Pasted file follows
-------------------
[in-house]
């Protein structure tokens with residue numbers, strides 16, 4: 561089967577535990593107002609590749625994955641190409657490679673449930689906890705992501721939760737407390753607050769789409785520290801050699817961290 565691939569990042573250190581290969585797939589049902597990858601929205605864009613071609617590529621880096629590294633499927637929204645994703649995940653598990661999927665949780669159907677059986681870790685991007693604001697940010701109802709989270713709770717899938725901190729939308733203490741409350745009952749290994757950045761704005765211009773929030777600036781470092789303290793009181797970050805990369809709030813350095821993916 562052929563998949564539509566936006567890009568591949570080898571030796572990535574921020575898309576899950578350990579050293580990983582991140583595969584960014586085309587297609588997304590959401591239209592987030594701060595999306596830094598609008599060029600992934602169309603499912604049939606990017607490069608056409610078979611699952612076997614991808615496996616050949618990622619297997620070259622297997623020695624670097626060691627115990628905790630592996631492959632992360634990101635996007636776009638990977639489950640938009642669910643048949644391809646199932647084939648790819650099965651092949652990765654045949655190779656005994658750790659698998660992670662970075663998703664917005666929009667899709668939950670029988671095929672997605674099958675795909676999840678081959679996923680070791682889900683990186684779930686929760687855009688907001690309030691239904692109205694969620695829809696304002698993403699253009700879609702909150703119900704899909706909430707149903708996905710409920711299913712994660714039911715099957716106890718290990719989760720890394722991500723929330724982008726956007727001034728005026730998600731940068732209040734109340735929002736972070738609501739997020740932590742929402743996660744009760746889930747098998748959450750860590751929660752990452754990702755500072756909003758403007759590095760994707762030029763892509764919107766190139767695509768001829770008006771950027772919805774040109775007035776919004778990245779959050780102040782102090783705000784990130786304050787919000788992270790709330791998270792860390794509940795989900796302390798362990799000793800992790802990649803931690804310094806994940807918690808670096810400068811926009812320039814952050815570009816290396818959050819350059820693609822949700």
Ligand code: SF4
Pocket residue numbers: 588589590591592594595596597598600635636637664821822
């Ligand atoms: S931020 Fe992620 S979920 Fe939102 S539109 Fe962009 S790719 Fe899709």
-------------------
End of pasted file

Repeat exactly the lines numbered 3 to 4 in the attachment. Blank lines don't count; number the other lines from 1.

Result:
Ligand code: SF4
Pocket residue numbers: 588589590591592594595596597598600635636637664821822